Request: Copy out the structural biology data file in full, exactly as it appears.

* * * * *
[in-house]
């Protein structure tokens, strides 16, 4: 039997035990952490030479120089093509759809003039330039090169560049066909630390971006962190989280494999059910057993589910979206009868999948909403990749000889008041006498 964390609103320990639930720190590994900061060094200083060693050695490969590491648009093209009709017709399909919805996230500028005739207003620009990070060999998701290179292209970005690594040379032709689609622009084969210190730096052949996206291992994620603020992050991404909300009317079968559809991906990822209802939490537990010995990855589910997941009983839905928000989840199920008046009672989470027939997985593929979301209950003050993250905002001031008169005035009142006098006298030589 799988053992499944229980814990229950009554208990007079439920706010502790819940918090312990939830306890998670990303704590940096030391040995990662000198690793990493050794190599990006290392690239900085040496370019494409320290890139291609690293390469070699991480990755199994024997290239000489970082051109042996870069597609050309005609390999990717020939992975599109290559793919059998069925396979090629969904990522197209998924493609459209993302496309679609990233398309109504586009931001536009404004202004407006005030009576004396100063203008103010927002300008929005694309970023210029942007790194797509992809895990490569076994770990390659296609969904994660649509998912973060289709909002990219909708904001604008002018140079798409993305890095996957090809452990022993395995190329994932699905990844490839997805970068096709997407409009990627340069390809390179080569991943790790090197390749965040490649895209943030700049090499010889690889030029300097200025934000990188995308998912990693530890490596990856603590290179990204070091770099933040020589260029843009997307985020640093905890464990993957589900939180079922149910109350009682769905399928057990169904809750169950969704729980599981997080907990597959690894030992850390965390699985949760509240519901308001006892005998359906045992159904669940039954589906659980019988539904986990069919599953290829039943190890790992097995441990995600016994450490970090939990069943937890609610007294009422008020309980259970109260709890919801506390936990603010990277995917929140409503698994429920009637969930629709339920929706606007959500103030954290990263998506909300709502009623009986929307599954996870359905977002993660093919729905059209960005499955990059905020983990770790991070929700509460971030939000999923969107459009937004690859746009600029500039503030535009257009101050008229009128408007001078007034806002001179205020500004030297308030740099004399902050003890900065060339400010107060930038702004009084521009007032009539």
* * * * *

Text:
[in-house]
């Protein structure tokens, strides 16, 4: 039997035990952490030479120089093509759809003039330039090169560049066909630390971006962190989280494999059910057993589910979206009868999948909403990749000889008041006498 964390609103320990639930720190590994900061060094200083060693050695490969590491648009093209009709017709399909919805996230500028005739207003620009990070060999998701290179292209970005690594040379032709689609622009084969210190730096052949996206291992994620603020992050991404909300009317079968559809991906990822209802939490537990010995990855589910997941009983839905928000989840199920008046009672989470027939997985593929979301209950003050993250905002001031008169005035009142006098006298030589 799988053992499944229980814990229950009554208990007079439920706010502790819940918090312990939830306890998670990303704590940096030391040995990662000198690793990493050794190599990006290392690239900085040496370019494409320290890139291609690293390469070699991480990755199994024997290239000489970082051109042996870069597609050309005609390999990717020939992975599109290559793919059998069925396979090629969904990522197209998924493609459209993302496309679609990233398309109504586009931001536009404004202004407006005030009576004396100063203008103010927002300008929005694309970023210029942007790194797509992809895990490569076994770990390659296609969904994660649509998912973060289709909002990219909708904001604008002018140079798409993305890095996957090809452990022993395995190329994932699905990844490839997805970068096709997407409009990627340069390809390179080569991943790790090197390749965040490649895209943030700049090499010889690889030029300097200025934000990188995308998912990693530890490596990856603590290179990204070091770099933040020589260029843009997307985020640093905890464990993957589900939180079922149910109350009682769905399928057990169904809750169950969704729980599981997080907990597959690894030992850390965390699985949760509240519901308001006892005998359906045992159904669940039954589906659980019988539904986990069919599953290829039943190890790992097995441990995600016994450490970090939990069943937890609610007294009422008020309980259970109260709890919801506390936990603010990277995917929140409503698994429920009637969930629709339920929706606007959500103030954290990263998506909300709502009623009986929307599954996870359905977002993660093919729905059209960005499955990059905020983990770790991070929700509460971030939000999923969107459009937004690859746009600029500039503030535009257009101050008229009128408007001078007034806002001179205020500004030297308030740099004399902050003890900065060339400010107060930038702004009084521009007032009539």